My sister Kerry has been undergoing treatment for Stage 3 Ovarian Cancer for the last several years. She has done remarkably well (multiple rounds of chemo and multiple surgeries) and has exceeded the expectations of her medical team. When she was first diagnosed, she was treated at UCSF Medical Center in San Francisco, and felt like she was receiving exceptional care. Later, she moved to Florida to be closer to my parents, and began treatment at a local community hospital that has a comprehensive cancer center.
Over the last year, Kerry has expressed doubts about the sophistication of the cancer program at the local hospital and wondered if they were doing everything that could be done for her. Among other things, it concerned her that the cancer center had no clinical trials for ovarian cancer. She also felt that their diagnostic equipment was outdated, given what she’d experienced at UCSF. So, for the last year, I’ve suggested that she visit a major cancer center for a consult and a review of her treatment plan. At the very least, this would help to put her mind at ease. She looked at a number of different options, including a few that I recommended (MD Anderson, Duke and UNC), and surprised me a couple of weeks ago by announcing that she was heading to meet with the team at MD Anderson Cancer Center in Houston. Right away! I was elated to hear the news, in part because I have worked with MD Anderson and hold the organization in high esteem, and in part because Kerry was taking charge of her situation rather than simply let things happen to her.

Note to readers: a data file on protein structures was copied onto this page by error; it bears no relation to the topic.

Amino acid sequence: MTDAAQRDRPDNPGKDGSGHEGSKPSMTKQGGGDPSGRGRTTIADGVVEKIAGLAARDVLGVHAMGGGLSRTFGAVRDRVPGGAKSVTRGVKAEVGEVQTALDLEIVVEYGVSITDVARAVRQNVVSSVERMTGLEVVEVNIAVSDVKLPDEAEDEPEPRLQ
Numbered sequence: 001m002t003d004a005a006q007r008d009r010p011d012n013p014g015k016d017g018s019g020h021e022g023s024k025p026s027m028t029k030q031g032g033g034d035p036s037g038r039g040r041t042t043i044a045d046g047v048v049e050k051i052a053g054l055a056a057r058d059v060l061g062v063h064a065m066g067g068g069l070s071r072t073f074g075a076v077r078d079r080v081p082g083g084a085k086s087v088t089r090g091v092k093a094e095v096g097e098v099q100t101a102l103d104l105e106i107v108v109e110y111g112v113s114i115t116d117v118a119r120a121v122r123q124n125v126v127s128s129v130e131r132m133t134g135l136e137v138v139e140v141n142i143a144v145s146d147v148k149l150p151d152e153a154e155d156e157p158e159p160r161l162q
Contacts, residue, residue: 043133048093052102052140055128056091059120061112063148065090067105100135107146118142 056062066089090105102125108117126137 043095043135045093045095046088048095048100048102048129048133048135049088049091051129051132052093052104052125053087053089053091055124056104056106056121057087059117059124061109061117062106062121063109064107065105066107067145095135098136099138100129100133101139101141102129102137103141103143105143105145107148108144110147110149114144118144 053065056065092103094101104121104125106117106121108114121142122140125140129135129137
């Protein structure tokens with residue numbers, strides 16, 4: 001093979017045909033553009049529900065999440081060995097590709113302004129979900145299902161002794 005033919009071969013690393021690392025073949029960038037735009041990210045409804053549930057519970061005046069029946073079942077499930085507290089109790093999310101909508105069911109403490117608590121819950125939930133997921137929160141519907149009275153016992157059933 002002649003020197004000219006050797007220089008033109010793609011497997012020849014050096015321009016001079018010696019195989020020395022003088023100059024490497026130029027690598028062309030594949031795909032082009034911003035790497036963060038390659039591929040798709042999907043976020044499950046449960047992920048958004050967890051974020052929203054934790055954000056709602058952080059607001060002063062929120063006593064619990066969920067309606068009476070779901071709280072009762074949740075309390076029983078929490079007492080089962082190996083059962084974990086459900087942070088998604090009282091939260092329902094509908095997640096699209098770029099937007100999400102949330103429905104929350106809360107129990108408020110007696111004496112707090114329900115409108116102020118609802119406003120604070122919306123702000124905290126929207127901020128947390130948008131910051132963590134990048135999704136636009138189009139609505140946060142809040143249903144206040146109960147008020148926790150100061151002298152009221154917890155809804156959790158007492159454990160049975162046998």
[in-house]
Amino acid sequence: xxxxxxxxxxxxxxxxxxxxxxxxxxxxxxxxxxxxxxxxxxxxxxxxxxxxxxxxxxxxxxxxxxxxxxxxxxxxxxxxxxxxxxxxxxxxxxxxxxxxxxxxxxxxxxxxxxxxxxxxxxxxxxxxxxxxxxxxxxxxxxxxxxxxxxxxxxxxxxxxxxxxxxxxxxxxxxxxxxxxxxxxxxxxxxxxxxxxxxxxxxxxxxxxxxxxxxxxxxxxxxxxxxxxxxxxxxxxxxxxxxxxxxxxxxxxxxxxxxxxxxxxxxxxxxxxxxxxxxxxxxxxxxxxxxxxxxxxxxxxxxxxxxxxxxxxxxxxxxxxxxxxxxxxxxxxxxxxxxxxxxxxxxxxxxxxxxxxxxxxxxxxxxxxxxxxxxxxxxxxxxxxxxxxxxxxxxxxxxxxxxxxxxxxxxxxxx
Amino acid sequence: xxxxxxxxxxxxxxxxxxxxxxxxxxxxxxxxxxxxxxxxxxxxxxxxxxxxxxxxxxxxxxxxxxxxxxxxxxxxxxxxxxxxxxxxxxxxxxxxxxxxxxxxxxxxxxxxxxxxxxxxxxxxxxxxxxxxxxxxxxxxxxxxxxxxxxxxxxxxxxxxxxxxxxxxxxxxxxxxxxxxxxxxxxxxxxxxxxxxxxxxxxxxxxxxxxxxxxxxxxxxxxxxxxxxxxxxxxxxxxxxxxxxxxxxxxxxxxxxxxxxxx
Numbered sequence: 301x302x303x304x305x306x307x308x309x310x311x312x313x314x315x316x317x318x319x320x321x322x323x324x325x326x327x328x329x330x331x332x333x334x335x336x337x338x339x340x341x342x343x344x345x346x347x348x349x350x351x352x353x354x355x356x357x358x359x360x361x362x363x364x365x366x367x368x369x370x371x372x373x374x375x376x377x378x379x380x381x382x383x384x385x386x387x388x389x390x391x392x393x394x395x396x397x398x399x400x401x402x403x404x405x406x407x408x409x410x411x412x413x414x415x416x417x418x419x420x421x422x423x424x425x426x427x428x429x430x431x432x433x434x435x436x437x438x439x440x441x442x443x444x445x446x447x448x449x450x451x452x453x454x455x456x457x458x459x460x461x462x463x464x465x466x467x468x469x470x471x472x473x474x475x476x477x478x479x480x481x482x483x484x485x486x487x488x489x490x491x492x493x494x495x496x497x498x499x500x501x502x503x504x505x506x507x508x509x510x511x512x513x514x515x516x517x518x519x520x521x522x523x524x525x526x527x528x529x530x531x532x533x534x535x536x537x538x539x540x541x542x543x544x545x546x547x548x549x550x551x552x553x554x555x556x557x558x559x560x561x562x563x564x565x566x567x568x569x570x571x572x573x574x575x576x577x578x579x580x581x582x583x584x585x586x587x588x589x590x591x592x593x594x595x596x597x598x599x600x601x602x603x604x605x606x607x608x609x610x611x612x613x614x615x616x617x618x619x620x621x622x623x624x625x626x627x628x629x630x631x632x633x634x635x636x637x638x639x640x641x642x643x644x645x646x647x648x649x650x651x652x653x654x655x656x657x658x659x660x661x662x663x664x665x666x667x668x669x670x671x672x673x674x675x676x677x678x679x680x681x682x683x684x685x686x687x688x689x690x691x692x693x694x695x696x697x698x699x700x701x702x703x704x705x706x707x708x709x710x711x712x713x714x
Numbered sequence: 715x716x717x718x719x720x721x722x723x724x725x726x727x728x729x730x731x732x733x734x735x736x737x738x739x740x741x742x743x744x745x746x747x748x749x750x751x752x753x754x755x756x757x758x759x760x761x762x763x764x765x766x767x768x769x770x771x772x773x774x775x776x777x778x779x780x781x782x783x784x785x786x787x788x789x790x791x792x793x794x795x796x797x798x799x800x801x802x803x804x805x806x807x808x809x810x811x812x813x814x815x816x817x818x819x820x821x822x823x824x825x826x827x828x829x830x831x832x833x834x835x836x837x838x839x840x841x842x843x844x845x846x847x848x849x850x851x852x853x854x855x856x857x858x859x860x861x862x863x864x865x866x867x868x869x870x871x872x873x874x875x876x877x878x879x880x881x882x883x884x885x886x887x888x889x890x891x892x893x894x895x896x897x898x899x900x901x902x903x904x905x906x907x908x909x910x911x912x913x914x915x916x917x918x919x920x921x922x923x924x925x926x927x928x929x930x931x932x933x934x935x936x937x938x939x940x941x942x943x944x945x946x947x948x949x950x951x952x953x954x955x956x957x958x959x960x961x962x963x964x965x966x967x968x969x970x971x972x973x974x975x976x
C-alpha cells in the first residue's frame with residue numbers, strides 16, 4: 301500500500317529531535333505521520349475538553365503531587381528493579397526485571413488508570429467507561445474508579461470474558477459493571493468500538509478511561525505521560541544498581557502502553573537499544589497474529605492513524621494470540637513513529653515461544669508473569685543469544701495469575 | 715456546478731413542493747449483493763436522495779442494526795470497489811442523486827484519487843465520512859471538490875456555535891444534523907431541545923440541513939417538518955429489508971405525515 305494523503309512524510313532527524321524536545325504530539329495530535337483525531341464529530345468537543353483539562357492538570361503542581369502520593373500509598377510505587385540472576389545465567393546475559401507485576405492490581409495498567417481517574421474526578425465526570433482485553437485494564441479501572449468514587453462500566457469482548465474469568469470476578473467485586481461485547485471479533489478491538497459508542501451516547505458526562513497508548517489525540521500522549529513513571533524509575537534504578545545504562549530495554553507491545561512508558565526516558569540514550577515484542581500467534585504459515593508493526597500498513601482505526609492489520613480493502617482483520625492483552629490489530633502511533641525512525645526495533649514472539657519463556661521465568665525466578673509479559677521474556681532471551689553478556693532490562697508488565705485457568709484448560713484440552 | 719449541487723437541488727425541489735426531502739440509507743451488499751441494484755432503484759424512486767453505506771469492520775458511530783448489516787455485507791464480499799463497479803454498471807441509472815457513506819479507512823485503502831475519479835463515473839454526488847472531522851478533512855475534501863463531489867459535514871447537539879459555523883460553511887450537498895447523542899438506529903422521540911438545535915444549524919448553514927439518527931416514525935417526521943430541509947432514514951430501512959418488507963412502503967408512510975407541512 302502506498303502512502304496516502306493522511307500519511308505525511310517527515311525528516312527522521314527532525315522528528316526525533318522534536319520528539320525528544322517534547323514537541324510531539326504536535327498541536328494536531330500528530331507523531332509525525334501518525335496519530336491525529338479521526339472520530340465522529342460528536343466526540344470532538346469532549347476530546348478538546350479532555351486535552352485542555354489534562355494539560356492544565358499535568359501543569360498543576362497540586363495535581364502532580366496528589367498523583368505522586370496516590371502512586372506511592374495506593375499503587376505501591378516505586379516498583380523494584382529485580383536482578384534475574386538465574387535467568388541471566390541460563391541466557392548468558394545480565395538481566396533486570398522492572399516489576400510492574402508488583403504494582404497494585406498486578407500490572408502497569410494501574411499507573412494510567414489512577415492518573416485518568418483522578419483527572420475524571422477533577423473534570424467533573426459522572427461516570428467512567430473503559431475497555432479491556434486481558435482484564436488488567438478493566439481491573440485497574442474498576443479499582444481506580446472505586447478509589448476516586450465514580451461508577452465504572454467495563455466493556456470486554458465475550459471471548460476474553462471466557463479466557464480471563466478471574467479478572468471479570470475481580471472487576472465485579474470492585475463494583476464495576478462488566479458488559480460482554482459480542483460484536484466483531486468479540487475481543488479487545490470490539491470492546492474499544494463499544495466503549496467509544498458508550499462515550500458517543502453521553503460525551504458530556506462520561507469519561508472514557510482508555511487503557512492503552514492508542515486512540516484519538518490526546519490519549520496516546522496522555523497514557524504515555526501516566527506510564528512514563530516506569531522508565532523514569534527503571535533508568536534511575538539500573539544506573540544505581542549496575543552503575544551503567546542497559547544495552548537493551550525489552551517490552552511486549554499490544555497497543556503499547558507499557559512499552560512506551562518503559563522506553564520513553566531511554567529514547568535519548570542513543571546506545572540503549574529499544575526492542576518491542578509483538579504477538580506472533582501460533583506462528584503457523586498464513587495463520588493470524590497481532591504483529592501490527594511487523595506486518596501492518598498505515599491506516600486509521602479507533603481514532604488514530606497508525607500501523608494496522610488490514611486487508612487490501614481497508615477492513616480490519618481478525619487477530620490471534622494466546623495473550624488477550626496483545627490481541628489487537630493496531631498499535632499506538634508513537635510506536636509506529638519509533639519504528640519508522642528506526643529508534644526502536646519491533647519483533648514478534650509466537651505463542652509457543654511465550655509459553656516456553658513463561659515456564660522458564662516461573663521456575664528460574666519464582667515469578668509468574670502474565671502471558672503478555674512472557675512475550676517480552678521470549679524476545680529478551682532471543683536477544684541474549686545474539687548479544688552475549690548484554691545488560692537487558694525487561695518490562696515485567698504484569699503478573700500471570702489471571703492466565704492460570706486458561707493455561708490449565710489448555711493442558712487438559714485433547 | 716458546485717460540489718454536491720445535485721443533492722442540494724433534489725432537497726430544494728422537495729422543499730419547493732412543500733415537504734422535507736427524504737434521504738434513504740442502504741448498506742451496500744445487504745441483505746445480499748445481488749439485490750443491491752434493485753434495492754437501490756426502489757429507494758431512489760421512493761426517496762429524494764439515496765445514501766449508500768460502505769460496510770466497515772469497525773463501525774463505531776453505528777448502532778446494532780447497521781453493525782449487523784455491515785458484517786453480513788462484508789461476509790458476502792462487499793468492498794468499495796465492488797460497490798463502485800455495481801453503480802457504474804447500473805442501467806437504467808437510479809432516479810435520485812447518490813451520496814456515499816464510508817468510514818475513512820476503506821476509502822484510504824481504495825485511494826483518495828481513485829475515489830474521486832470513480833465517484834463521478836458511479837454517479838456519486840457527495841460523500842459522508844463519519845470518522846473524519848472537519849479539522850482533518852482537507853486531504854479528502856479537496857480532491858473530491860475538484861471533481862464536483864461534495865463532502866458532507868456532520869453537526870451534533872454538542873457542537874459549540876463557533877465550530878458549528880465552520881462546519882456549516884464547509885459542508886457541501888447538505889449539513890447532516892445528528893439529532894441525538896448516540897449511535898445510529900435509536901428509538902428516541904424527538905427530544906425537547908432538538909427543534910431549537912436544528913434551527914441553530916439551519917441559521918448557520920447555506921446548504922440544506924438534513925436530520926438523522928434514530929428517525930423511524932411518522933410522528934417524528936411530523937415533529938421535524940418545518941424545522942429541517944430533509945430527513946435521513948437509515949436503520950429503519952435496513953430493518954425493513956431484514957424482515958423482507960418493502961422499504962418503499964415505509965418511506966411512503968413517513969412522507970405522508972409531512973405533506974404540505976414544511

Last week Kerry headed out to MD Anderson. Before leaving she seemed nervous and apprehensive. I called her on her second night in Houston and she was thrilled with her decision. She sounded empowered. She was glowing. Suddenly she had the resources and expertise of a major cancer center at her finger tips. And they will remain a resource long after she returns to her home in Florida. Prior to this, it seemed that she felt trapped and uncertain of the path she was traveling. That’s never a good thing, particularly when it is your life that’s on the line.
So today I am celebrating the power of an informed second opinion. And I am grateful to everyone at MD Anderson for taking such good care of my sister. The care provided at most community hospitals today is solid (exceptional in some cases), and certainly not every illness requires a trip to an academic medical center. But, when the need arises, healthcare consumers should feel comfortable seeking out the expertise available within major academic centers. It is not a betrayal to seek out a second opinion. In fact, it can be a smart thing to do. Programs have limits and strengths. But not all programs are good at encouraging patients to seek out other options with greater resources and/or expertise in a specific arena. In those cases (and many others), the patient has to be his or her own greatest advocate, get educated and seek out alternatives. Power to the patient!